Stress in VetMed: 4 Stress-Management Tips for Veterinary Professionals<!-- --> | Chckup

Table of Contents

1. Learn To Identify Good and Bad Stress

2. Set Healthy Boundaries With Clients

3. Make Self-Care Non-Negotiable

4. Build a Robust Support Network

Reduce Stress in Your Veterinary Practice with Chckup

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Stress in VetMed: 4 Stress-Management Tips for Veterinary Professionals

Elliott Greenwood

Dec 4, 2023 · 3 min read


Stress in VetMed: 4 Stress-Management Tips for Veterinary Professionals

A certain level of stress in veterinary medicine may be unavoidable, but you can use various strategies and coping skills to keep work-related pressure in check, stay healthy, and become more resilient.

According to a study, 52% of veterinarians experience stress on the job. Continue below to learn how to manage and reduce workplace stress using mindfulness, self-care, and social support.

1. Learn To Identify Good and Bad Stress

The word “stress” has a negative connotation that’s somewhat unwarranted. 

Not all stress is bad. 

Occasional short-term challenges can keep you energized, motivate you to set and achieve goals and boost your professional performance. According to some studies, good stress may even have health benefits. 

Chronic stress, on the other hand, is bad for you — even moderate amounts. 

Over time, this type of stress can wear you out both physically and mentally, resulting in anxiety, decreased performance, poor concentration, and more.

As veterinary professionals are at a higher risk of experiencing workplace stress than the average professional, it’s essential to learn to identify good and bad stress. 

That will enable you to take measures to nip negative stress in the bud and use positive stress to develop as a professional and grow your veterinary practice. 

Common symptoms of chronic stress include:

  • Fatigue 

  • Headaches

  • Rapid heartbeat

  • Shallow or rapid breathing

  • Appetite changes

  • Sleep disturbances

  • Body aches

  • Anxiety 

  • Depression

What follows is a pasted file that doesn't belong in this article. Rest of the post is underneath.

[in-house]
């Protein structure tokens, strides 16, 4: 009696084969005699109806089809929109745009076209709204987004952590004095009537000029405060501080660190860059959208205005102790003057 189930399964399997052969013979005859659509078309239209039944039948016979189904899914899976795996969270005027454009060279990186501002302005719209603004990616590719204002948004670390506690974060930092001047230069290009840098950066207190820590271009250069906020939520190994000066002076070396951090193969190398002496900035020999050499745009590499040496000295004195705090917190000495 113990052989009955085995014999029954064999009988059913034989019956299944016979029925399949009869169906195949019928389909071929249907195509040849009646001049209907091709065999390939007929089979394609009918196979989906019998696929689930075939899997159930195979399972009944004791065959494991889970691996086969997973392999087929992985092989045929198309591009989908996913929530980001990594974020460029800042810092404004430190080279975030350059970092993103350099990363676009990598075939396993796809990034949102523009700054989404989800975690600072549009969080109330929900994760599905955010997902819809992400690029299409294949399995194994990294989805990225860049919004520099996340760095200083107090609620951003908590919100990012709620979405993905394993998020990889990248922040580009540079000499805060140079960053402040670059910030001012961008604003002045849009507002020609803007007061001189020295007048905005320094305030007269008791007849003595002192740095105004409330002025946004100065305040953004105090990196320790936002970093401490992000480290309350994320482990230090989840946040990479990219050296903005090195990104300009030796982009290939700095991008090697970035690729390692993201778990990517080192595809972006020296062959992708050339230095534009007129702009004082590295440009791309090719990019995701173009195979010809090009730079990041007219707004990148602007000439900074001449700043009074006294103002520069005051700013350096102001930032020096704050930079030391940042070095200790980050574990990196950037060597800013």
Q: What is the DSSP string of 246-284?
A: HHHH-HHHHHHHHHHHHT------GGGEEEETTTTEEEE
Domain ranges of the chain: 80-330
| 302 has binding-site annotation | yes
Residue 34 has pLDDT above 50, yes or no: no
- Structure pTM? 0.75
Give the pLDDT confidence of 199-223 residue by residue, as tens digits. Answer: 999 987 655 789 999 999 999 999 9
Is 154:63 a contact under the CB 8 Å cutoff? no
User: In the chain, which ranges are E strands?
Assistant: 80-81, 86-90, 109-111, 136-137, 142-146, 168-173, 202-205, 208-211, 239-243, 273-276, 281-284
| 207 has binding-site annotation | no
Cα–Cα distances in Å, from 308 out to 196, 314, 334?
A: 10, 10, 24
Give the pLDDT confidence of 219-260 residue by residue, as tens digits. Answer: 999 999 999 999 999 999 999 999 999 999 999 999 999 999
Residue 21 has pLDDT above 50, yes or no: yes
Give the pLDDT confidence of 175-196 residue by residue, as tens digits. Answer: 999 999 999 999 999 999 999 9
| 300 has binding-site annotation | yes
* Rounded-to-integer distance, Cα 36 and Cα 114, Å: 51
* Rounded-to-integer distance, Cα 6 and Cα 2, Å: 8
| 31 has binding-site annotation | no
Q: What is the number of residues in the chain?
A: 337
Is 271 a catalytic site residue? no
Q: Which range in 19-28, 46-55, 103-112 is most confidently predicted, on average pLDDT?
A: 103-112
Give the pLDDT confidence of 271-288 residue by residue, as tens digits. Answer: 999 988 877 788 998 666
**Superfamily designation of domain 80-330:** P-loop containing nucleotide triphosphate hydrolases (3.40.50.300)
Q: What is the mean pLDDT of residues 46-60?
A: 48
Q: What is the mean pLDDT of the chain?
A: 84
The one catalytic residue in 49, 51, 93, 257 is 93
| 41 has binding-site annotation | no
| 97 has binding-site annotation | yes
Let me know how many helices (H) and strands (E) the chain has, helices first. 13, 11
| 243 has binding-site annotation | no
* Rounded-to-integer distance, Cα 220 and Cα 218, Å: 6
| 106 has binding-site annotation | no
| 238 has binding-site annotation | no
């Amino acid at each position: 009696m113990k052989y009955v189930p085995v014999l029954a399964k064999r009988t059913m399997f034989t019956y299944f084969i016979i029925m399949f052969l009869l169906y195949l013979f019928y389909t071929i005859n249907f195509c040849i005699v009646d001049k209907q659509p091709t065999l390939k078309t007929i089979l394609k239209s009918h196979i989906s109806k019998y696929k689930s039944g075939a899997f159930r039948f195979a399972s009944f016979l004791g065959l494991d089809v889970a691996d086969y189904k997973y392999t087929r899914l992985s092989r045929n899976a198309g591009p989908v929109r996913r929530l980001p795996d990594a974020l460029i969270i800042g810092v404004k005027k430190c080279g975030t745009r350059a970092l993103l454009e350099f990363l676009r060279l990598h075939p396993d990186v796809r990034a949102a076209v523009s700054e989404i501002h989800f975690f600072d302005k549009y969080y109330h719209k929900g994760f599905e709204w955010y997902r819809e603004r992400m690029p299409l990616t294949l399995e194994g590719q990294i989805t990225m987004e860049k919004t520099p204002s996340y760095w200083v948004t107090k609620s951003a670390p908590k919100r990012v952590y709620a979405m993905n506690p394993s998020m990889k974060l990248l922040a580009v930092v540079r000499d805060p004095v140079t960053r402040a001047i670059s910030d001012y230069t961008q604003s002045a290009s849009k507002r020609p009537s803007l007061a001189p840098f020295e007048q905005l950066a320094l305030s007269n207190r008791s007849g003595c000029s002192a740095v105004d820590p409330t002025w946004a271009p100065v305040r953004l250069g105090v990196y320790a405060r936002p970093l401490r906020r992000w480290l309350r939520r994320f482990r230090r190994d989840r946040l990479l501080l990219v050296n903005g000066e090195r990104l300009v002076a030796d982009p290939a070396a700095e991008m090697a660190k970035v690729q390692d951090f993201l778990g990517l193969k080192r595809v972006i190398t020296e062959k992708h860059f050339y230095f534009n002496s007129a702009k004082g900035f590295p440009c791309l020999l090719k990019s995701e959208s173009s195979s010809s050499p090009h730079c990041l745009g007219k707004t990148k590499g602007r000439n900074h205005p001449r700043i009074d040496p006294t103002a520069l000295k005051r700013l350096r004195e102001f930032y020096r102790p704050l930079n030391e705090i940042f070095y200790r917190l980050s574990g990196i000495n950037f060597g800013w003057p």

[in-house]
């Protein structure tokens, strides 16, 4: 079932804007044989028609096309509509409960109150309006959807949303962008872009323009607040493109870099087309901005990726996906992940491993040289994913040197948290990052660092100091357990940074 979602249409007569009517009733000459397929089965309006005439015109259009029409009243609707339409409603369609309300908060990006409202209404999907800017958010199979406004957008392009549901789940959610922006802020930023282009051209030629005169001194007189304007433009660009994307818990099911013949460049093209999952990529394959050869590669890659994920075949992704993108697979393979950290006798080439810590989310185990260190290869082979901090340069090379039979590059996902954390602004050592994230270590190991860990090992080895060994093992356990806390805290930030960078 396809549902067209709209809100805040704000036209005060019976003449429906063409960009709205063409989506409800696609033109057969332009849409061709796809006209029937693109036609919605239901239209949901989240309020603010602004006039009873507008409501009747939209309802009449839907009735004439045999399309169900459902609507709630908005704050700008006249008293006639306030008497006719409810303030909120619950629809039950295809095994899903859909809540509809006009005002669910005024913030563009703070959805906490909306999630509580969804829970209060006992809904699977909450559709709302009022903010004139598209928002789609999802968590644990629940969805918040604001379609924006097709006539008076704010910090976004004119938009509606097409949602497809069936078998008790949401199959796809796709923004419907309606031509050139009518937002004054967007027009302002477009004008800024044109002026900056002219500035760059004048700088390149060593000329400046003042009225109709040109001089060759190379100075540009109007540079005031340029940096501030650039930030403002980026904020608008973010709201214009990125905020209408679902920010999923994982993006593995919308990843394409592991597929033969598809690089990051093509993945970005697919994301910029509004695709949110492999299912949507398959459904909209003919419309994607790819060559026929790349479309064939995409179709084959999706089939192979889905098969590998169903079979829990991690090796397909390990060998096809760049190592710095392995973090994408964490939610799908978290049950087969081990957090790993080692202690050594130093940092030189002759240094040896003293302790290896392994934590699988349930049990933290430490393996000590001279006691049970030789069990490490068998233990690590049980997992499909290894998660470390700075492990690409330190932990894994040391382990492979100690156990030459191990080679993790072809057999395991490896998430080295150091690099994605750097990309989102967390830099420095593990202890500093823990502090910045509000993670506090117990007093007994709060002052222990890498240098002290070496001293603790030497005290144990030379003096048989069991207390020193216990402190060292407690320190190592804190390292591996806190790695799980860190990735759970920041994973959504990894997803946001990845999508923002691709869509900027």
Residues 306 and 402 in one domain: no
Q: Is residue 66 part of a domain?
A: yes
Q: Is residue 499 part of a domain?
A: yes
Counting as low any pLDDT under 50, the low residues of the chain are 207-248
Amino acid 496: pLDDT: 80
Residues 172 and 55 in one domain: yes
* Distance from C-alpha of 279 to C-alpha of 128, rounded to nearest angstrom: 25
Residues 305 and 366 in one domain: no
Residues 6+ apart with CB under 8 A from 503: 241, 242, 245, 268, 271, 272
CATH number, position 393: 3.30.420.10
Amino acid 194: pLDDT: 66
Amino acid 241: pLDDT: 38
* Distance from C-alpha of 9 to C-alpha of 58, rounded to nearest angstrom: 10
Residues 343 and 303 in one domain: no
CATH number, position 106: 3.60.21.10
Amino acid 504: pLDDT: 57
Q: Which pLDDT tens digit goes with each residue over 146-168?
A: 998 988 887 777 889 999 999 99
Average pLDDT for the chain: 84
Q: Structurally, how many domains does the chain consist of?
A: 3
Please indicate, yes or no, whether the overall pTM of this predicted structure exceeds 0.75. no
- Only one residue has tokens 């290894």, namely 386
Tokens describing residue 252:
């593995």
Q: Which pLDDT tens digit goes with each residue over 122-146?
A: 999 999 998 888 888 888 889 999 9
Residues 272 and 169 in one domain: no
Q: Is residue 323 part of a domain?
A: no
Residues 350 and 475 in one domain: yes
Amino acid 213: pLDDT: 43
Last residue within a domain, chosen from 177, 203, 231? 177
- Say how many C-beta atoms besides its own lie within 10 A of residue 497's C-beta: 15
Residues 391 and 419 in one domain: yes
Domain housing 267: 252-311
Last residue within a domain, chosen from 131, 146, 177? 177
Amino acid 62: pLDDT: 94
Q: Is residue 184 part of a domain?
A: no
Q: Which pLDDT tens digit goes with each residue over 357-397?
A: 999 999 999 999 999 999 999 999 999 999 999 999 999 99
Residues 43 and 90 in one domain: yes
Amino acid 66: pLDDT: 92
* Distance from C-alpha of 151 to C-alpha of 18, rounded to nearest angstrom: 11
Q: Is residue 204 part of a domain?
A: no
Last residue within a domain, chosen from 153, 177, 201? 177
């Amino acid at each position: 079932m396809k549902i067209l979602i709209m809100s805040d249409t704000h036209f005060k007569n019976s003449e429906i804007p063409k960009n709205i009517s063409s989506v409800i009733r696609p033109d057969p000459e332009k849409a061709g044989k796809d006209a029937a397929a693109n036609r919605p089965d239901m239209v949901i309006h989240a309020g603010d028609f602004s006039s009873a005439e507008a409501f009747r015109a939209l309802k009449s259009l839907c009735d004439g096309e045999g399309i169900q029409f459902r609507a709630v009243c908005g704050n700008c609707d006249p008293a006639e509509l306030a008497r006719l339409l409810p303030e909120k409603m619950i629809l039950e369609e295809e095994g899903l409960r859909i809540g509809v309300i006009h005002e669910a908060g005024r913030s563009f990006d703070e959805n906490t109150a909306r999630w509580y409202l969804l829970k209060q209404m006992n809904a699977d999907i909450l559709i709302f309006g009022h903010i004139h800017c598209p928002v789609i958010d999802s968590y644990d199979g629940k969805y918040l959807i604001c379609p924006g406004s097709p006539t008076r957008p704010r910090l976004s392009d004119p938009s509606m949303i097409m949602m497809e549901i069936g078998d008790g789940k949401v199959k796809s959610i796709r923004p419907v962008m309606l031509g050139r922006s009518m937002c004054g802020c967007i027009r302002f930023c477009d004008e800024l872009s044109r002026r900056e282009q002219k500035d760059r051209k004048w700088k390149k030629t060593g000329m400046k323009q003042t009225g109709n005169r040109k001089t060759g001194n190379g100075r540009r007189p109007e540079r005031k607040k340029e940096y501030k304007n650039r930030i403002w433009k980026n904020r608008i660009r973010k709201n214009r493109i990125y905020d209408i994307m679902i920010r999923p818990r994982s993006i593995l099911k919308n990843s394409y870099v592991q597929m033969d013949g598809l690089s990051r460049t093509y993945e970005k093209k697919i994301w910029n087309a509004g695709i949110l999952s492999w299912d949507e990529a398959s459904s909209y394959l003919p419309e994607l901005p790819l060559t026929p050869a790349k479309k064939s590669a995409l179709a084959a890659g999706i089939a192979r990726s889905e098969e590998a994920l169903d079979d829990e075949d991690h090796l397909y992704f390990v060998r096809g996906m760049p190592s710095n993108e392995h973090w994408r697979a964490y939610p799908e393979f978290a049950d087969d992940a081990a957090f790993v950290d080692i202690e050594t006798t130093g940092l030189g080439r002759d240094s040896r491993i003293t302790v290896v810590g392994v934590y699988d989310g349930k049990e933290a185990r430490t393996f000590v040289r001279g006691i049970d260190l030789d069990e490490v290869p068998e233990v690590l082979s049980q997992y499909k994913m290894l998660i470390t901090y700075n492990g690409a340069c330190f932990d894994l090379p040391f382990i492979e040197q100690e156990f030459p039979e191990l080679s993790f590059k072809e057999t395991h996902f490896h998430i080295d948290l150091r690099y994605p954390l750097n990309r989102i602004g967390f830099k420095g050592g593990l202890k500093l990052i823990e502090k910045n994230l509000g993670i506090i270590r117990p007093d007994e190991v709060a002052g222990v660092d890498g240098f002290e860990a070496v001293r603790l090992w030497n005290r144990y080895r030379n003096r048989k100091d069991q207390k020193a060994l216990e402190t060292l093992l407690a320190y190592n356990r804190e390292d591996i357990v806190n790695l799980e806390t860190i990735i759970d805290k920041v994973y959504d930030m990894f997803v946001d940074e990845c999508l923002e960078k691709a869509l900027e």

• Digestive issues 

  • Hypertension 

  • Hyperventilation 

  • Irritability or mood swings

2. Set Healthy Boundaries With Clients

Practice-Pet Owner relationships are significant sources of stress in veterinary medicine. 

No matter how friendly you and your staff may be, some people still won’t enjoy their visits to your practice or appreciate the level of care that you provide to their fur babies. 

Clients are so focused on making sure that their pet is taken care of that they start emitting negative emotions. These emotions can easily spill over to you without you even realizing it.

It’s essential that you learn not to internalize client anxiety, especially if you are a highly sensitive or empathetic person. You can sympathize with clients without empathizing with them.

One way to do that is by assuming an active role in the process and helping people through the anxiety that pet owners have regarding the health of their pets.

3. Make Self-Care Non-Negotiable

In your line of work, self-care isn’t optional. 

It’s extremely important that you set aside time to recharge your batteries daily. 

Otherwise, there may be negative consequences not just for you but for your clients as well.

The good news is that many self-care practices can fit seamlessly into your busy schedule. Even something as simple as not skipping lunch breaks or doing short breathing and mindfulness exercises between appointments can be very beneficial for your physical and mental health.

Other potential self-care strategies you may want to explore include:

  • Exercising

  • Meditating 

  • Spending time in nature

  • Building a regular spiritual practice

  • Engaging in hobbies or creative pursuits 

  • Socializing with friends and family

  • Getting massages

  • Going on trips

The only limit is your imagination. 

Any activity that improves your physical, mental, emotional, or spiritual health can help decrease your overall stress and make you more resilient.

4. Build a Robust Support Network

Social support is critical for improving resilience to stress. 

In addition to bonding with the people in your personal life, consider investing time and effort into your work relationships as well. Connecting with people who are going through similar challenges can help validate your emotions and make the experience less stressful overall. 

One of the best ways to build rapport within your team is to improve veterinary practice communication. When everyone in your practice is communicating effectively, you avoid unnecessary stress that comes from miscommunications.

Reduce Stress in Your Veterinary Practice with Chckup

At Chckup, we understand that efficient collaboration and good interpersonal relationships are critical for a successful, stress-free veterinary practice. That’s why we designed our veterinary software solutions to help you drastically improve team rapport and performance, without doing more work.

Don’t take our word for it. Contact us today to schedule a free demo to see the system in action.

Are you a veterinary professional?

If you're in the veterinary field and you're interested in giving your practice the extra hands it desperately needs, book an 8 minute demo with Chckup. Our platform helps busy practices handle call overload, boost revenue per client, and increase client satisfaction by providing actionable insights and easy-to-use technology to help you stay on top of everything.

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